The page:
By: Krizia Ramos Gord Downie, the frontman for one of Canada’s most admired rock bands, the Tragically Hip, died on Tuesday night at the age of 53.
Surrounded by loved ones at the time of his death, a statement was published on the band’s website from his family that read, “Gord said he had lived many lives. As a musician, he lived “the life” for over 30 years, lucky to do most of it with his high school buddies. At home, he worked just as tirelessly at being a good father, son, brother, husband and friend. No one worked harder on every part of their life than Gord.”
Downie was diagnosed with Glioblastoma, an incurable brain cancer which Canadians learned of in May 2016. The Tragically Hip announced that they would do a final summer tour. The last stop in the band’s hometown, Kingston, Ont. was broadcast live on Aug. 20, 2016.
Downie was born in Kingston on Feb. 6, 1964. Like most average Canadians, Downie was a big hockey fan. His godfather was Boston Bruins coach Harry Sinden which made him a hard-core Bruins fan and he even played goalie for his B-level team, which won a provincial championship.
Aside from hockey, music was his passion. Before forming The Tragically Hip, Downie was in a punk band in high school performing covers, until The Tragically Hip was formed in 1983 at Queen’s University. The name came from a sketch called “Elephant Parts,” a long-form music video by former Monkees member Michael Nesmith.
After releasing their first EP in 1987, they recorded their most popular album Up to Here that was released in 1989, making them a household name. However, after winning their first Juno for Most Promising Group and their next three albums going diamond and multi-platinum, the band didn’t do so well in the U.S. They made their first appearance on Saturday Night Live in 1995 but compared to selling out large arenas in Canada, they played smaller venues south of the border and album sales weren’t as high.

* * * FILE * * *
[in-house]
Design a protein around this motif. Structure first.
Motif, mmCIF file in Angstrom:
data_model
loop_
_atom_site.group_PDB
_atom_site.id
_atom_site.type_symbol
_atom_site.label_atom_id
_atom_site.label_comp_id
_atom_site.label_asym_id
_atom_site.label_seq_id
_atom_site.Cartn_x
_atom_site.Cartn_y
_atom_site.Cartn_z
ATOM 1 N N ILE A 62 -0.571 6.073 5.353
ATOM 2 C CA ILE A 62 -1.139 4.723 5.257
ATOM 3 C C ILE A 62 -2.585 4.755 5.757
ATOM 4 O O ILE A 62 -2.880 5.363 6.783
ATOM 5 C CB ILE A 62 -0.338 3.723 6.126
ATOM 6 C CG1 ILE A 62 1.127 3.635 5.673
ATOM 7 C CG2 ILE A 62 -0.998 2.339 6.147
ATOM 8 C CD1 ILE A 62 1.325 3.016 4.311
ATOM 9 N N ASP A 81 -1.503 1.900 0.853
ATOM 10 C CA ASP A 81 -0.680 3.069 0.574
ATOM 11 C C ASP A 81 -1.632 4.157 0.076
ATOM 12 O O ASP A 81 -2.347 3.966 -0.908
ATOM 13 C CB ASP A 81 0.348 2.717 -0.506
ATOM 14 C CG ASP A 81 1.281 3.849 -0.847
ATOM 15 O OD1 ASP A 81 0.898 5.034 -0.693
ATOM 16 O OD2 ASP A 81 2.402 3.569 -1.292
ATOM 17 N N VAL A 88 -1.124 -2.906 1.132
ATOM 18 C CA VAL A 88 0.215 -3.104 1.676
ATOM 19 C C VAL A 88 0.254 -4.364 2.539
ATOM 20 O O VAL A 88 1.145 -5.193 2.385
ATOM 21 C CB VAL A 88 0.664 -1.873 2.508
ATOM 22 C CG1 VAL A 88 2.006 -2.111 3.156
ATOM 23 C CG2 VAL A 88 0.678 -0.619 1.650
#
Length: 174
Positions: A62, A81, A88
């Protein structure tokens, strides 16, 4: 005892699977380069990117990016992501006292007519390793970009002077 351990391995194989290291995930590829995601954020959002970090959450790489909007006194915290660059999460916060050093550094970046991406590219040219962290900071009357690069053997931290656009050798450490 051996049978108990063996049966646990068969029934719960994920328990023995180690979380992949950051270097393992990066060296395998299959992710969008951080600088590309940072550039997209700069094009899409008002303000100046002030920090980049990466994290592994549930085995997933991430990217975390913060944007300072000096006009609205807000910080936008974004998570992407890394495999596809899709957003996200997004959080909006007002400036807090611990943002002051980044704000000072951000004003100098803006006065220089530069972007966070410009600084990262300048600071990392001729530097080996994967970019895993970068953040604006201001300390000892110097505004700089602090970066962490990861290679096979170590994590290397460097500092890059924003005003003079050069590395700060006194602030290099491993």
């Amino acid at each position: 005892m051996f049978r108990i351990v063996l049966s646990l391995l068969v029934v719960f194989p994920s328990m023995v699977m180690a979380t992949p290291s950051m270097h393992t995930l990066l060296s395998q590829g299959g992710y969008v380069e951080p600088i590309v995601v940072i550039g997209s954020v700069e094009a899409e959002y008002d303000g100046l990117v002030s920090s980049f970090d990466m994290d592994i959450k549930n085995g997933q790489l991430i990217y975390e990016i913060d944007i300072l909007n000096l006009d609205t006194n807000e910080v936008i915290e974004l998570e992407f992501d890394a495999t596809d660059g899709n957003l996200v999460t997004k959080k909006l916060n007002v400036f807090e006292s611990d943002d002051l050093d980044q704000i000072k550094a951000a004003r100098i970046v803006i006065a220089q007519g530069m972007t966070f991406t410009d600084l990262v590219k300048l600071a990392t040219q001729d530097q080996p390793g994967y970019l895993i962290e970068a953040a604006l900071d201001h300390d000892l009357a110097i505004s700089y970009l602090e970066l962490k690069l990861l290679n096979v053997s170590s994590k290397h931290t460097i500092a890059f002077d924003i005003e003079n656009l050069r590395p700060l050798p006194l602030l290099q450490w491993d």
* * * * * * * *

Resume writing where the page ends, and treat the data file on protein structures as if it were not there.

If Downie is to be remembered for one thing, it is being a songwriter. He liked to include Canadian references in his songs. He would sing about things that happened in the news or Canada’s treatment of First Nations peoples. In June 2017, Downie received the Order of Canada, the highest honour for a civilian. With the Hip, the band won 16 Junos. Another major accomplishment was being inducted into Canada’s Walk of Fame and Music Walk of Fame.
Throughout his career, he released four solo albums starting with his first solo album titled Coke Machine Glow in 2001.
Fans, politicians, athletes and fellow musicians are remembering Downie as a national icon. NHL players tweeted their thoughts, and rapper Drake took to Instagram to pay tribute. In a statement, Prime Minister Justin Trudeau said “…He was the frontman of one of Canada’s most iconic bands, a rock star, artist, and poet whose evocative lyrics came to define a country…He will be sorely missed.”